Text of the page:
I've never paid much attention to the names behind my MMOs, which is actually a little embarrassing now that I think about it. How can I be a fan of something and yet know so little about the people who created it and who continue to pour their hearts and souls into continuing to update it? If I think back to SWTOR's early days, the only two names that come to mind for me from that period are James Ohlen and Damien Schubert, but even now I couldn't tell you what exactly it was that they did for SWTOR. Awkward, but that's how it is.
I say this to give context to how strange it's been for me to see the recent changing of the guard (or game producer, to be more precise) receive as much attention as it has. Ben Irving had inadvertently gained infamy among the playerbase for describing the process of opening random loot boxes attained through Galactic Command with the words "thrill of the hunt" during a livestream - which was understandably and rightly mocked by many players and quickly turned into a meme. (Fun fact though: I have a guildie who genuinely loves Galactic Command and who sometimes talks about the "thrill of the hunt" with only a small amount of irony.) I don't know how much blame for Galactic Command can realistically be placed at Ben's feet, but he certainly managed to create some bad PR for himself with the aforementioned quote, casting himself as someone who doesn't really understand the game and what its players enjoy about it.
From that point of view it's understandable that his move to a different position at Bioware got people interested, but it's not just that - it's that his successor Keith Kanneg immediately stepped into the breach with an attitude to show that he was exact opposite of what had come before, actually going so far as to post a producer's letter on the official website in which he talked about how many hours he's spent playing, how many characters he's levelled and how many achievements he's got. Since then, he's also been giving community manager Eric Musco a run for his money when it comes to making posts on the official forums, to the point where fellow blogger XamXam started a weekly column called "Keith Watch" to keep track of what he's been saying.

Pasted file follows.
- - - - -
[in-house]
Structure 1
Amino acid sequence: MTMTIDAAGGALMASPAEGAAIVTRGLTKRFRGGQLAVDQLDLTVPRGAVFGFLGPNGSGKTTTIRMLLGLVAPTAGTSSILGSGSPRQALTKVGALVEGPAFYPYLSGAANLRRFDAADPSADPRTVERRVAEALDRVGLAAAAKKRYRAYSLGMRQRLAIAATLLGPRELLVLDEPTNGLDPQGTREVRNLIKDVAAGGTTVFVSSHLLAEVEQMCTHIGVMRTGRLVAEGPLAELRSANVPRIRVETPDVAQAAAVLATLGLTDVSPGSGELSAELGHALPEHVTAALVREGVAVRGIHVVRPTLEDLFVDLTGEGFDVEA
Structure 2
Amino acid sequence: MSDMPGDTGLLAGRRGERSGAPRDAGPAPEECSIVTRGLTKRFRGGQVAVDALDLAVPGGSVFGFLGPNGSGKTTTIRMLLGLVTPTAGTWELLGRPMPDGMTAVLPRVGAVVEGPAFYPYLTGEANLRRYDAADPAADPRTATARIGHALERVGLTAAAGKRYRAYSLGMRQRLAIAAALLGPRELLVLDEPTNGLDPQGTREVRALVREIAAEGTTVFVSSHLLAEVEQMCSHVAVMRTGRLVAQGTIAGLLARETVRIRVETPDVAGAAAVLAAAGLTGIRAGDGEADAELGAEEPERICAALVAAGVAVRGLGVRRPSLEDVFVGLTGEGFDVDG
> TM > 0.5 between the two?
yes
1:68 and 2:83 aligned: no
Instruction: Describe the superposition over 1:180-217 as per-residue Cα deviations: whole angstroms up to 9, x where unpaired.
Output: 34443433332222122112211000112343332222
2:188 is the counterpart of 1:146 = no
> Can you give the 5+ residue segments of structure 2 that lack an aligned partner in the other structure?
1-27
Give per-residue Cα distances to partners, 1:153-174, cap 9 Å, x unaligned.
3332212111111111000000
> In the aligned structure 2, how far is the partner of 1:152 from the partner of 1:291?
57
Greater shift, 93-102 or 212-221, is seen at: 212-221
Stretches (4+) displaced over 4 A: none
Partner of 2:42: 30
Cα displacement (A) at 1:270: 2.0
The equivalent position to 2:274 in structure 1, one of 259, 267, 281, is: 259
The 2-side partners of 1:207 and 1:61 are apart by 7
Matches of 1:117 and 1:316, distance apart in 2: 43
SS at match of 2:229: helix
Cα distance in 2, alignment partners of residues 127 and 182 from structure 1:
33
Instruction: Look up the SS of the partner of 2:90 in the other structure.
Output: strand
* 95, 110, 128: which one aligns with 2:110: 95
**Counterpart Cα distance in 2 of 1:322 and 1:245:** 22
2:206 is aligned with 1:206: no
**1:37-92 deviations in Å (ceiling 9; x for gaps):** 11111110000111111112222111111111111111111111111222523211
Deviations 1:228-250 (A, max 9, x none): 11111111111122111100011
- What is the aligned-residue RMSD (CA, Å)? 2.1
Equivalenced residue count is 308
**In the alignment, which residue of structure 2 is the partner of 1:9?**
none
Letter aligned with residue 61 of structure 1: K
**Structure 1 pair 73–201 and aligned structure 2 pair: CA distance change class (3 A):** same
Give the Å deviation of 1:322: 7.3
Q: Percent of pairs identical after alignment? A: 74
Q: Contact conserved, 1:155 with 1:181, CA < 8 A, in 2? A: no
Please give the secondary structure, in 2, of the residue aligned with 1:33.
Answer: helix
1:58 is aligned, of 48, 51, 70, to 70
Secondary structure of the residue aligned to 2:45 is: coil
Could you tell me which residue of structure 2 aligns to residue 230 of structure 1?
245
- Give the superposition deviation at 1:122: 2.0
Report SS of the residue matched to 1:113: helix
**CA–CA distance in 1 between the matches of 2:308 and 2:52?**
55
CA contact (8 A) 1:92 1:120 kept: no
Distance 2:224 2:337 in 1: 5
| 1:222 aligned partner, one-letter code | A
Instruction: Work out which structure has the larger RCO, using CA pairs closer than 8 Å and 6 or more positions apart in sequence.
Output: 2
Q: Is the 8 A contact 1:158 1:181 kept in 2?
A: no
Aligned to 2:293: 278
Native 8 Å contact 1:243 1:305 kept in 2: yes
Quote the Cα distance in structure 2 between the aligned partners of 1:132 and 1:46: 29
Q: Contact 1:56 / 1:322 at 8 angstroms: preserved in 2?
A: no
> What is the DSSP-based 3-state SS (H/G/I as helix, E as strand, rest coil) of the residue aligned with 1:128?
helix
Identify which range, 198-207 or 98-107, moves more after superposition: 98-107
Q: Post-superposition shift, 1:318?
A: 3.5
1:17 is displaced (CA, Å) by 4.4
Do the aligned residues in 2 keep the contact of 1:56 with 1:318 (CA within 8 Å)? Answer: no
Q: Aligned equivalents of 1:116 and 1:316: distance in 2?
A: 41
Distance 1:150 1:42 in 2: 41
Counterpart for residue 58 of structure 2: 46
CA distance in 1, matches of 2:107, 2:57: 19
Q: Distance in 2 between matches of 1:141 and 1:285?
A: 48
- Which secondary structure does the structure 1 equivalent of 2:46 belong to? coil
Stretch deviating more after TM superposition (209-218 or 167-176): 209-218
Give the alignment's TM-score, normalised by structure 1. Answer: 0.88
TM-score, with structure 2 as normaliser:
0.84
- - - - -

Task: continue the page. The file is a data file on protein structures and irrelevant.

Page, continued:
It's hard not to feel excited by this. Even if one doesn't hold a grudge against Ben, all this direct communication is a pleasant change of pace. We've already been promised a road map for the upcoming year, something that we haven't had since 2014 I think? (From 2015 I only recall mention of a producer's letter being read out at a cantina event.) Keith also immediately took to the forums to apologise for not being done with the road map yet, while feeding us tantalising glimpses of small quality of life changes scheduled for the next patch - changes of the kind that mean little to MMO news sites but that get dedicated players excited. An extra way of gaining companion influence? Didn't I just write about that? Gunships and bombers for everyone, in an actual update for GSF? I had a post about that too! Is Keith reading my blog or something? Hype!
I'm a trained sceptic when it comes to excitement of this kind though. There's got to be a catch, right? I suppose wanting to talk about what's coming up is no guarantee of those same features actually making it into the game in a timely manner. In fact, doesn't a lot of past bitterness among the playerbase stem from features being promised (or at least talked about) and then not delivered? Let's not get too far ahead of ourselves here. Also, enthusiasm for playing and an appreciation for the players' everyday problems doesn't guarantee that Keith will be good at keeping an eye on the big picture. Isn't posting on the forums all the time more distracting than anything?
... that's about all the negatives that I can come up with right now though. And that's pretty good, isn't it? At the end of the day, I can't really see anything bad coming from having someone at the helm who is truly passionate about the game in all its weird MMO-SPRPG hybrid glory instead of wanting to mould it into something else. We'll see where this new direction will take us in the upcoming year.